But we'll actually make our SpatialAudioController a little bit more general because we may not want all of a Participant's audio to be spatial at the same position. For example - if the participant is talking and playing music, we might want the music to have global audio and the microphone to have spatial audio.

So instead of an (x,y) for every participant, we'll use an (x,y) for each spatial TrackPublication and then an (x,y) for your own position.

So here's what our API looks like in code:

type Vector2 = {
  x: number;
  y: number;

type TrackPosition = {
  trackPublication: TrackPublication;
  position: Vector2;

type SpatialAudioControllerProps = {
  trackPositions: TrackPosition[];
  myPosition: Vector2;

Using the PannerNode

Great, so we've designed our API - now let's get the SpatialAudioController to render the audio spatially. To do this we'll be using WebAudio, specifically the PannerNode from WebAudio.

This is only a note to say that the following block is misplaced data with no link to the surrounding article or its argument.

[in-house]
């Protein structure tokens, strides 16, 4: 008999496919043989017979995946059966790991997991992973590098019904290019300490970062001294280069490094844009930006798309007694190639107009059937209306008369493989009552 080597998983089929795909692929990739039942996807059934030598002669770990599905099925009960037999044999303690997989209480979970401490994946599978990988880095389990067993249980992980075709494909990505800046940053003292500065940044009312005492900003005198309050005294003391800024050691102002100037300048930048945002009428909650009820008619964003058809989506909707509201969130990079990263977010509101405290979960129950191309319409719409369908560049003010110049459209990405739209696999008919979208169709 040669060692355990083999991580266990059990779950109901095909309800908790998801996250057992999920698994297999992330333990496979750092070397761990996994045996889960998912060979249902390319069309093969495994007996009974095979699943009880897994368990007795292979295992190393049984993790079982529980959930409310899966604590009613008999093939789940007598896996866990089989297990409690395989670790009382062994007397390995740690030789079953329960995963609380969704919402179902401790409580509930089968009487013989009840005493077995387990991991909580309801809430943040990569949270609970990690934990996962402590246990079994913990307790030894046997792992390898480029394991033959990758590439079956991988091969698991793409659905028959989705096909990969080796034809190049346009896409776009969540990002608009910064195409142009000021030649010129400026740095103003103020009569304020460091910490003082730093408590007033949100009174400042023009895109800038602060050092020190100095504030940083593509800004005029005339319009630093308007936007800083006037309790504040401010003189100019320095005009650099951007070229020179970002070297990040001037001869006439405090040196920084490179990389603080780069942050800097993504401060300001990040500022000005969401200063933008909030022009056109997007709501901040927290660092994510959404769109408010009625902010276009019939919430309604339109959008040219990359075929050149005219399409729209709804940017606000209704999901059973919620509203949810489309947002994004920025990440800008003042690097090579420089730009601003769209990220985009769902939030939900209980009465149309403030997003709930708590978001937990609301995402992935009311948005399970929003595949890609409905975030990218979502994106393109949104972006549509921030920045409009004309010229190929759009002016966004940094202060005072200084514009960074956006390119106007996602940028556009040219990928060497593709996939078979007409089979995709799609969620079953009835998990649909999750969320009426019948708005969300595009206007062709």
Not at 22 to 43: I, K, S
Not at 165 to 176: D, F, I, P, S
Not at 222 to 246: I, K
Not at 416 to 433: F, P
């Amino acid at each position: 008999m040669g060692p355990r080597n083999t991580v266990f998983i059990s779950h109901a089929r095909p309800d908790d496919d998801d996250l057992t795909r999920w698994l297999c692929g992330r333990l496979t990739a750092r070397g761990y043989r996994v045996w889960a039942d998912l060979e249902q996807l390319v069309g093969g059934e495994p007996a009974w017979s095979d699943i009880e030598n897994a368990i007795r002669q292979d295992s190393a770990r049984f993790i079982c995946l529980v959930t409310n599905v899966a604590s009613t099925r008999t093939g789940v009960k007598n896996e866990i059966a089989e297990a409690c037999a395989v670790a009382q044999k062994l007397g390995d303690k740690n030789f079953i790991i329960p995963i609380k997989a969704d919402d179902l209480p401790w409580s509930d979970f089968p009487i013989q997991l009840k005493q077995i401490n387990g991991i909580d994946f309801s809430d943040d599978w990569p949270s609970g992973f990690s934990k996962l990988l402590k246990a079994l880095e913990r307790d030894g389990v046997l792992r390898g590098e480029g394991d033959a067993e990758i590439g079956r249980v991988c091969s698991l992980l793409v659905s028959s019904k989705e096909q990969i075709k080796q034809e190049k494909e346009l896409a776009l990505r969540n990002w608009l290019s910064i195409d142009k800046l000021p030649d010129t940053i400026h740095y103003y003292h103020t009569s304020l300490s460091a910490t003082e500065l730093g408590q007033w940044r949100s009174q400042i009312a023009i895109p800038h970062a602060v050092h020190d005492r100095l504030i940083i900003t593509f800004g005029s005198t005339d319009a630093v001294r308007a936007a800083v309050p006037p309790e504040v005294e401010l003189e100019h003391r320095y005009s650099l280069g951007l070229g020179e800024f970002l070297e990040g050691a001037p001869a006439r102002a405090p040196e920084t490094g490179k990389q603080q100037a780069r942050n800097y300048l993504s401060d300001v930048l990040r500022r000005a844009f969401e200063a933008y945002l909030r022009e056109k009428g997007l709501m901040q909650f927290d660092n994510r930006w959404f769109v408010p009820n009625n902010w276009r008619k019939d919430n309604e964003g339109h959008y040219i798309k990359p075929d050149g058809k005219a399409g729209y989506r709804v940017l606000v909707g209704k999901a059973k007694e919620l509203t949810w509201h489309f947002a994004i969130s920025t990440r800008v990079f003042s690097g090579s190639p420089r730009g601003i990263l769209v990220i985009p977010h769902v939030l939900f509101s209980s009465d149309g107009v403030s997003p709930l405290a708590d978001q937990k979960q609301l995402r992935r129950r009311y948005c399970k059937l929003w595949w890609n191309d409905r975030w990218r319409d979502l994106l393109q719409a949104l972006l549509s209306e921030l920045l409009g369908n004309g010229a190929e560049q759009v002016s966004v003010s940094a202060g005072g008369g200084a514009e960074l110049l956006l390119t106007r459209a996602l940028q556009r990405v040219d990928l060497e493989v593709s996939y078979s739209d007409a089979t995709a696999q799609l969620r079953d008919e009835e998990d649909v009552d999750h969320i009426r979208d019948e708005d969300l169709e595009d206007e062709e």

The PannerNode takes an (x,y,z) for position as well as an (x,y,z) for orientation and modifies the audio accordingly. Since we're in 2D, we won't use orientation. The other difference between 2D and 3D is the coordinate system. The PannerNode uses y as the vertical component and xz for the planar components. In 2D we only have the planar components so we still map x → x but we'll map y → z.

Note that the PannerNode does not accept 2-positions (local and remote), it only accepts one position. So we'll use math to convert our two positions into a relative position that we can give to the PannerNode. Luckily the math is simple: